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Charlotte Amalie
Tuesday, May 24, 2022
HomeNewsArchivesNO TO REZONING, YES TO VARIANCE FOR BOTANY BAY

NO TO REZONING, YES TO VARIANCE FOR BOTANY BAY

Editor's note: This is a copy sent to the Source of another letter sent to the governor regarding the rezoning of Botany Bay.
Dear Source,
I am requesting that the rezoning of Botany Bay from R-1 to R-3 be vetoed and [that the government] instead hold Botany Bay developers to the recommendation made by the Department of Planning and Natural Resources. DPNR and Botany Bay Partners agreed to the terms of the variance.
Why is it that we have not been able to establish a working land and water use development plan? Communities are shaped by decisions made over decades. Although some of these choices are made with full knowledge of possible consequences, those made with insufficient thought and information can leave communities with unfortunate and unanticipated outcomes — some felt immediately, some delayed many years, as we very well know.
Can we continue to exploit our natural resources for the good of a handful of people instead of taking into consideration the needs of the many? This is my concern. How does this project increase the environmental sustainability of the Bordeaux community? By "sustainable," my definition is communities that are livable, equitable and affordable over the long term. Sustainable communities provide good environmental quality, social justice and safe jobs at living wages.
I am not against development but against the way we have been going around developing. All one needs to do is look around at St. Thomas and see the haphazard way we have allowed short-term economic goals to cloud the future environmental sustainability of the Virgin Islands. We continue to be convinced that low-paying jobs can be traded for less green space, more waste entering our landfill and surrounding water, more congestion, more air pollution, etc. All for the lack of planning for our collective future.
Yes, we are trying to be business friendly, but we must put the long-term needs of Virgin Islanders first. Already at least three generations will bear the brunt of the things we have promised in the now. What will Virgin Islands history record about our deeds now and their effect on our very future?
Caroline A. Browne
St. Thomas

Editor's note: We welcome and encourage readers to keep the dialogue going by responding to Source commentary. Letters should be e-mailed with name and place of residence to source@viaccess.net.

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Editor's note: This is a copy sent to the Source of another letter sent to the governor regarding the rezoning of Botany Bay.
Dear Source,
I am requesting that the rezoning of Botany Bay from R-1 to R-3 be vetoed and [that the government] instead hold Botany Bay developers to the recommendation made by the Department of Planning and Natural Resources. DPNR and Botany Bay Partners agreed to the terms of the variance.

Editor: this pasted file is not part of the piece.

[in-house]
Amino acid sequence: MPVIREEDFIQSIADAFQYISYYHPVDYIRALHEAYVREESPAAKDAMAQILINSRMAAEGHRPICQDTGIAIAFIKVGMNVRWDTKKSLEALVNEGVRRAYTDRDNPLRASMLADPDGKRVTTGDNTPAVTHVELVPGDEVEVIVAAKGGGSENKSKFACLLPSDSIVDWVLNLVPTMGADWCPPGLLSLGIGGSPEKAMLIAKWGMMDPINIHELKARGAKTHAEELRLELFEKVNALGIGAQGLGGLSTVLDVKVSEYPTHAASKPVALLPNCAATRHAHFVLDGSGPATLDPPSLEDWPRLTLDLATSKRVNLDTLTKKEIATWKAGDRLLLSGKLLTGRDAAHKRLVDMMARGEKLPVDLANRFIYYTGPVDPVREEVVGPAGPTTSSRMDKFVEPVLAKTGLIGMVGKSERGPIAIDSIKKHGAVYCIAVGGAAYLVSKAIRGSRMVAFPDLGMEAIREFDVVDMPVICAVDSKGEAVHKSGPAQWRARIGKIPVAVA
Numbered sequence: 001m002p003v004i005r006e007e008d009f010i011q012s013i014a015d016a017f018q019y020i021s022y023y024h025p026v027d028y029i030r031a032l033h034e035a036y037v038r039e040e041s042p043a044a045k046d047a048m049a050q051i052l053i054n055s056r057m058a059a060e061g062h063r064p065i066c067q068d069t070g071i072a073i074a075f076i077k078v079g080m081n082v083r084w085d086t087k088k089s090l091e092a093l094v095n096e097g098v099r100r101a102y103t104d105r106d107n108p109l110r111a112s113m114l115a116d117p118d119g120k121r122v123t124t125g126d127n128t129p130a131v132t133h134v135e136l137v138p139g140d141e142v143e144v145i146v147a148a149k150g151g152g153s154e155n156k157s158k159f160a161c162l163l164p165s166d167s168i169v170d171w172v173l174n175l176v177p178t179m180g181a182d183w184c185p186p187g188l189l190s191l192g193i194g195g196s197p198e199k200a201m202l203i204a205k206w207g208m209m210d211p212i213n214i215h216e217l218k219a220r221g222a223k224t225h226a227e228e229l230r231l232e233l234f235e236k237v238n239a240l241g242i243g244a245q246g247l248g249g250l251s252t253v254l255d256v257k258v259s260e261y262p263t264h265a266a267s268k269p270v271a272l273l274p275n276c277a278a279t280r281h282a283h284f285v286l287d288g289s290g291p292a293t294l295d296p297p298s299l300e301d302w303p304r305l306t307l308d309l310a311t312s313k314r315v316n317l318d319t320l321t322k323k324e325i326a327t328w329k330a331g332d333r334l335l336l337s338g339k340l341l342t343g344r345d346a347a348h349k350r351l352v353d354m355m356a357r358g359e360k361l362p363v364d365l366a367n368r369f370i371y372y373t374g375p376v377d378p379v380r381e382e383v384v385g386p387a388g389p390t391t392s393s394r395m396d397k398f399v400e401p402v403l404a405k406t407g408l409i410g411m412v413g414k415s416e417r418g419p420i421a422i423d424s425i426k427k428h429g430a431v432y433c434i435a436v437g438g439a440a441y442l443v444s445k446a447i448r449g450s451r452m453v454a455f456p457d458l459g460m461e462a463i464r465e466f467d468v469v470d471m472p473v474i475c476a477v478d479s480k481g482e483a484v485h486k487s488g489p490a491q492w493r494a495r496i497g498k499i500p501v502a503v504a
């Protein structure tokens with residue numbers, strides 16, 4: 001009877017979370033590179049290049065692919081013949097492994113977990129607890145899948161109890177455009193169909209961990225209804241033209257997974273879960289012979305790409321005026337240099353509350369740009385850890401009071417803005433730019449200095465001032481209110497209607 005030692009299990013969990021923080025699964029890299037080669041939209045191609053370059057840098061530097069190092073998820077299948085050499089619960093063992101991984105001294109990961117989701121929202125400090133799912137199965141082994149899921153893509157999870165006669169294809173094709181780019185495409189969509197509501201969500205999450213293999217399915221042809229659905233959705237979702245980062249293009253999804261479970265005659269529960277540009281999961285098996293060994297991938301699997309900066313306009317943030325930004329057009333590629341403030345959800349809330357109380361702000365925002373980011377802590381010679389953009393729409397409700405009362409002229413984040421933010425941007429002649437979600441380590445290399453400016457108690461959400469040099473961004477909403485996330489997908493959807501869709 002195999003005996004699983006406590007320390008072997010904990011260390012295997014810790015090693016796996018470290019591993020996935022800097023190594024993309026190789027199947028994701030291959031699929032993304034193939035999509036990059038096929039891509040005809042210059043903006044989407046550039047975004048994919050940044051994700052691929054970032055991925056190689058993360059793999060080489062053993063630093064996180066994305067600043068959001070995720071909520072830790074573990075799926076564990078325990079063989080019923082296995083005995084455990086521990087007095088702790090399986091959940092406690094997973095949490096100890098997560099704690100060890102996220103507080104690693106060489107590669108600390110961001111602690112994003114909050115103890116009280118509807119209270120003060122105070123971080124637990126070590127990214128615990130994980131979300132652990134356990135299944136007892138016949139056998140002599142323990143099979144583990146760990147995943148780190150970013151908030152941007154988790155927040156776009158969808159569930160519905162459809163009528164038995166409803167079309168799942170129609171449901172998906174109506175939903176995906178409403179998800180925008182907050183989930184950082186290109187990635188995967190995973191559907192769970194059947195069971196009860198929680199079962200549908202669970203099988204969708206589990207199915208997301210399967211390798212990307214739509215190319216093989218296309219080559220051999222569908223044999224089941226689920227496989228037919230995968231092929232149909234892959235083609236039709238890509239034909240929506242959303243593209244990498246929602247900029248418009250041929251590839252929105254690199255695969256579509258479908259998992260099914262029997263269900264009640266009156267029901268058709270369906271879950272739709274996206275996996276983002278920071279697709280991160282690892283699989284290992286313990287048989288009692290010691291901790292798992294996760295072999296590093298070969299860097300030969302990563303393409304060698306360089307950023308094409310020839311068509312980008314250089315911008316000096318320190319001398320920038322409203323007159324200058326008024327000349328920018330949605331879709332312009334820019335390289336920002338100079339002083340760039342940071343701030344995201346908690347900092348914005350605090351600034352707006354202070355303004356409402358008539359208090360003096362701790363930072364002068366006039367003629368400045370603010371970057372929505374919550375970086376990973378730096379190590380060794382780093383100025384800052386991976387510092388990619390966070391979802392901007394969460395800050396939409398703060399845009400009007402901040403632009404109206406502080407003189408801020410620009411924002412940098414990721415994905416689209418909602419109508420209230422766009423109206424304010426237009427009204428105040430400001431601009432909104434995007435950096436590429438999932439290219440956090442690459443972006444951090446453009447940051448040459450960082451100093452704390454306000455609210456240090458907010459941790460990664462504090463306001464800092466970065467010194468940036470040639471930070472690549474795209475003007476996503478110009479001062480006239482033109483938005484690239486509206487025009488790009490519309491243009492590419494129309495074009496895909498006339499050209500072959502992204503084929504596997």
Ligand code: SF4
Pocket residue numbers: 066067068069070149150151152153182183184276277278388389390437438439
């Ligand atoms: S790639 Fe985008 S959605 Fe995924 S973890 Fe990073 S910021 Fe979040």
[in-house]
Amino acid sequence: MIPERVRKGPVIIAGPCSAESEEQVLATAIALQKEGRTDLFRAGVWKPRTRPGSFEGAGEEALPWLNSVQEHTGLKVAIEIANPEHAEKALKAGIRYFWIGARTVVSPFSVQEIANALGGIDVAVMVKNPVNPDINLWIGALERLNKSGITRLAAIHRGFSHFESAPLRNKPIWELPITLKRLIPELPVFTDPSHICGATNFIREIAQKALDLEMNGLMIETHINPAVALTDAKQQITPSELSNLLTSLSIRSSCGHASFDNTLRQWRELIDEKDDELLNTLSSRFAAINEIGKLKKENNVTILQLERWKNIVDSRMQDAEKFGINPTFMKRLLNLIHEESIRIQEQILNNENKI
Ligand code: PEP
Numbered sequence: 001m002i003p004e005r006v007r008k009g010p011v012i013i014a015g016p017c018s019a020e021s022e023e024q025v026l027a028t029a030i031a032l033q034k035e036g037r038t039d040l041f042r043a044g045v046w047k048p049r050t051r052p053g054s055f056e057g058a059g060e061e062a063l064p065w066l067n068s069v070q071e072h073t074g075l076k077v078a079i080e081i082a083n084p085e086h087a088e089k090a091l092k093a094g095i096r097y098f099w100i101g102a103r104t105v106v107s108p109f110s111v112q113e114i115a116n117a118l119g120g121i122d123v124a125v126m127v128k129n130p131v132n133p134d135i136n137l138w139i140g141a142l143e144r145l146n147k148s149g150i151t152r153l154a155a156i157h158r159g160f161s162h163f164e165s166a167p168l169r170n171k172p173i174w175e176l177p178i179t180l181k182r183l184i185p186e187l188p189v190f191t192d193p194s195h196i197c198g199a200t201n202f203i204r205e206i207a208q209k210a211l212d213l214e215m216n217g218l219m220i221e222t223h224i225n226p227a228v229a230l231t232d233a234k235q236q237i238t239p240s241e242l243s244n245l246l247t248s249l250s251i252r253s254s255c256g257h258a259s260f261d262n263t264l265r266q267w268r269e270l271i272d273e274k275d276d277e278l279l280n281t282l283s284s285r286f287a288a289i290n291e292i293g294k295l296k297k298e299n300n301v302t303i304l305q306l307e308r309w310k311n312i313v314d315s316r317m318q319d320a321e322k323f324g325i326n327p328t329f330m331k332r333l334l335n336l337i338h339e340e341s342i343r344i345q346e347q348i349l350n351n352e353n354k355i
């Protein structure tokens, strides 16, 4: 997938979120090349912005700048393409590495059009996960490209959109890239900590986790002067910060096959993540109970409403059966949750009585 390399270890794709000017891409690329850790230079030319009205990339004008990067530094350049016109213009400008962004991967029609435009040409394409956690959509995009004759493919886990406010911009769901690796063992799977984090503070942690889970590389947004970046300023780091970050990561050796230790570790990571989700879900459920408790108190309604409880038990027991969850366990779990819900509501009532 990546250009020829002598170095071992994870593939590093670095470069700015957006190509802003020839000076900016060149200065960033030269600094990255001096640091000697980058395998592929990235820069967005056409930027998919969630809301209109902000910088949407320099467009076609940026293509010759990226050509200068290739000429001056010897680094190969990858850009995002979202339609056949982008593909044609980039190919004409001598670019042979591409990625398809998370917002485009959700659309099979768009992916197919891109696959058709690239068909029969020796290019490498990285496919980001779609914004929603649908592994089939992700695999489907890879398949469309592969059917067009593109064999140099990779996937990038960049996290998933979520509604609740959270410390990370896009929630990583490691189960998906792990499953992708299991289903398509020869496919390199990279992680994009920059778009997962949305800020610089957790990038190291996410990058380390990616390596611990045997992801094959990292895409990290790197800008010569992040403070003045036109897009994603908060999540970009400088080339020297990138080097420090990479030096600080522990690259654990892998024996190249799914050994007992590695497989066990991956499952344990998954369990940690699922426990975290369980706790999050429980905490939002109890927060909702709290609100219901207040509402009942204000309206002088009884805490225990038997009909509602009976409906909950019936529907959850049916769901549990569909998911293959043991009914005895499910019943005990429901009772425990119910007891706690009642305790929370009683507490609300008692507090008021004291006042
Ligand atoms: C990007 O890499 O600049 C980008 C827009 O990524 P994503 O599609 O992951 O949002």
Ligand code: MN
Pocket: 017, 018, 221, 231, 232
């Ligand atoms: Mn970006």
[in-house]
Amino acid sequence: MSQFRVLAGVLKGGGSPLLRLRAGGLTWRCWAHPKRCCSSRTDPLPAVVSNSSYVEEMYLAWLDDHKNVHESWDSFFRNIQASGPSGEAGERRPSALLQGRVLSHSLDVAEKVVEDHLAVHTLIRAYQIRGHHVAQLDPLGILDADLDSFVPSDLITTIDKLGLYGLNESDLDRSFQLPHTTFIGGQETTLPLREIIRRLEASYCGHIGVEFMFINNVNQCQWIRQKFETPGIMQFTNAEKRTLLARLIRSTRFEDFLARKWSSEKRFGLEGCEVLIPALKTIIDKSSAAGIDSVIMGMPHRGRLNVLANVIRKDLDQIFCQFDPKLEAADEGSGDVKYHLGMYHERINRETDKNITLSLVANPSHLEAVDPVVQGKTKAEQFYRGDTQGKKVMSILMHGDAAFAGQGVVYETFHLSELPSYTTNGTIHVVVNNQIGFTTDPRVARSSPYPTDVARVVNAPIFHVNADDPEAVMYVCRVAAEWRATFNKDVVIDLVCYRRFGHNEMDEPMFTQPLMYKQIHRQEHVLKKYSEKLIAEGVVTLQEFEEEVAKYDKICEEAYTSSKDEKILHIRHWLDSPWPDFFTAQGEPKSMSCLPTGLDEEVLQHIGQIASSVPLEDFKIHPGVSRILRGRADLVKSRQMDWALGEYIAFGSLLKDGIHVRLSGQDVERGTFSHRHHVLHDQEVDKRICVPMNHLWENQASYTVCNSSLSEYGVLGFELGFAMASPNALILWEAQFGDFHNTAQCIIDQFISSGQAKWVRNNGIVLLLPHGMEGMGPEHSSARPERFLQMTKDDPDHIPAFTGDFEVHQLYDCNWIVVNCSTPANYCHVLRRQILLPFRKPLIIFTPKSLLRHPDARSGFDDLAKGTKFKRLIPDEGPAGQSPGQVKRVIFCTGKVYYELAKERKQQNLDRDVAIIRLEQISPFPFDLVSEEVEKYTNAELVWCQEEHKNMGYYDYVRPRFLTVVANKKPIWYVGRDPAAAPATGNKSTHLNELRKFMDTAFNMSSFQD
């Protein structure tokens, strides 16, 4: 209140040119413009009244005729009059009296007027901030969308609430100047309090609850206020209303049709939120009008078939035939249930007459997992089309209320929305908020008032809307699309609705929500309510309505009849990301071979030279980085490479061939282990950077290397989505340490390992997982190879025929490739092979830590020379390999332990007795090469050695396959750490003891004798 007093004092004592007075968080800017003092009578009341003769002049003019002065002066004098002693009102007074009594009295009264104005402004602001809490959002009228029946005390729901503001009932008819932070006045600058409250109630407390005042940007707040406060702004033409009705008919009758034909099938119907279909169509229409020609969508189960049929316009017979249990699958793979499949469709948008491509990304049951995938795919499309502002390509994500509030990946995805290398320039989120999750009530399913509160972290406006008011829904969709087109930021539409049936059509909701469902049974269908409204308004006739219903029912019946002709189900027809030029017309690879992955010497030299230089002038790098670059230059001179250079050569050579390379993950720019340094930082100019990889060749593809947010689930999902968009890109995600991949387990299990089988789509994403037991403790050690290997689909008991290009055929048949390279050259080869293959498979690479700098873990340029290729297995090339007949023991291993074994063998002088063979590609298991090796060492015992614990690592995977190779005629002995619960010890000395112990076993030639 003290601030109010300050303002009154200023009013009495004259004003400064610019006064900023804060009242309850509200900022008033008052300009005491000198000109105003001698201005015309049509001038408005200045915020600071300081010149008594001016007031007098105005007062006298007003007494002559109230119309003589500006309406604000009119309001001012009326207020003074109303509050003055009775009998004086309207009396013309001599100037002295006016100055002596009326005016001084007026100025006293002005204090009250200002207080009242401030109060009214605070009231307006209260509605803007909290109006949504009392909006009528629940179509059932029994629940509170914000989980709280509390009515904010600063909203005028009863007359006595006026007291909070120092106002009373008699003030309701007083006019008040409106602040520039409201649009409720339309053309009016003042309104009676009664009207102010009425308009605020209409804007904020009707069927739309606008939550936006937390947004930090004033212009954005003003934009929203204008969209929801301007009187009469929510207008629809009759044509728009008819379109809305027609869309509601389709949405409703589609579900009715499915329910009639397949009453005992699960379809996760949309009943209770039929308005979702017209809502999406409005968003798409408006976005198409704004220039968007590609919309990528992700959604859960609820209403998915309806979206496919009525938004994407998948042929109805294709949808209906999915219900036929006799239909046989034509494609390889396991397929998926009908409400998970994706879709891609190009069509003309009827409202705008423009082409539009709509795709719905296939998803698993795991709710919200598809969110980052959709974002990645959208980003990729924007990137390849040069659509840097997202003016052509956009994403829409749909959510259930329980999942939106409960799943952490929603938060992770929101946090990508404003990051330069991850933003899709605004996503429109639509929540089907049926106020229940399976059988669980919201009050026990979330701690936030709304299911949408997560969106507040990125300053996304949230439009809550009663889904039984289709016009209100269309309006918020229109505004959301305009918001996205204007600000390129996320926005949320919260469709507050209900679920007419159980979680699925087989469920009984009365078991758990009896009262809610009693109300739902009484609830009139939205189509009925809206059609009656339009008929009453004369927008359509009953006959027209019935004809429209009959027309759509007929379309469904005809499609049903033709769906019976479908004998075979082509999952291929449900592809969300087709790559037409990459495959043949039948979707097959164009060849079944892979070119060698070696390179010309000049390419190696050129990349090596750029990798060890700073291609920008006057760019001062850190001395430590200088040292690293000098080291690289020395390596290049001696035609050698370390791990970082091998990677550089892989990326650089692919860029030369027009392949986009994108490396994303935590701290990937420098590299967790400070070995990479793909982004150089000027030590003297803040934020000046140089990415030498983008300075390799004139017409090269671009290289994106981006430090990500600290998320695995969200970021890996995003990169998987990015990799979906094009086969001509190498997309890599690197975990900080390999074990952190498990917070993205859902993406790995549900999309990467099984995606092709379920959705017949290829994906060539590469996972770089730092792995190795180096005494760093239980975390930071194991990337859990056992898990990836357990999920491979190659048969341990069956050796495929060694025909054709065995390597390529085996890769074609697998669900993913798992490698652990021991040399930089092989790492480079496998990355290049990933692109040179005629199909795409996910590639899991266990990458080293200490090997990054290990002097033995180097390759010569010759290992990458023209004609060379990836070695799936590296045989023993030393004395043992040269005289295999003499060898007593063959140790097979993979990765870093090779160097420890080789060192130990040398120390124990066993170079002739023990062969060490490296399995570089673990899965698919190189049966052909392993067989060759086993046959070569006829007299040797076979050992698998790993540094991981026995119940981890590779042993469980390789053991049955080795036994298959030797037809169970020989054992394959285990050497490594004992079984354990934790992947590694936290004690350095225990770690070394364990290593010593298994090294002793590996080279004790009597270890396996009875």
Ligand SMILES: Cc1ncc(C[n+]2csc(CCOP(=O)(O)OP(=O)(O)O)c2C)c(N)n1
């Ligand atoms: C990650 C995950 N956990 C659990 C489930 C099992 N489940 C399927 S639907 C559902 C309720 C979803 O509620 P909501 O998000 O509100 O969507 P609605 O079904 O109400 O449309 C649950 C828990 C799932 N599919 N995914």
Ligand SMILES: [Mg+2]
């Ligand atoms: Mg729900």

Why is it that we have not been able to establish a working land and water use development plan? Communities are shaped by decisions made over decades. Although some of these choices are made with full knowledge of possible consequences, those made with insufficient thought and information can leave communities with unfortunate and unanticipated outcomes -- some felt immediately, some delayed many years, as we very well know.
Can we continue to exploit our natural resources for the good of a handful of people instead of taking into consideration the needs of the many? This is my concern. How does this project increase the environmental sustainability of the Bordeaux community? By "sustainable," my definition is communities that are livable, equitable and affordable over the long term. Sustainable communities provide good environmental quality, social justice and safe jobs at living wages.
I am not against development but against the way we have been going around developing. All one needs to do is look around at St. Thomas and see the haphazard way we have allowed short-term economic goals to cloud the future environmental sustainability of the Virgin Islands. We continue to be convinced that low-paying jobs can be traded for less green space, more waste entering our landfill and surrounding water, more congestion, more air pollution, etc. All for the lack of planning for our collective future.
Yes, we are trying to be business friendly, but we must put the long-term needs of Virgin Islanders first. Already at least three generations will bear the brunt of the things we have promised in the now. What will Virgin Islands history record about our deeds now and their effect on our very future?
Caroline A. Browne
St. Thomas

Editor's note: We welcome and encourage readers to keep the dialogue going by responding to Source commentary. Letters should be e-mailed with name and place of residence to source@viaccess.net.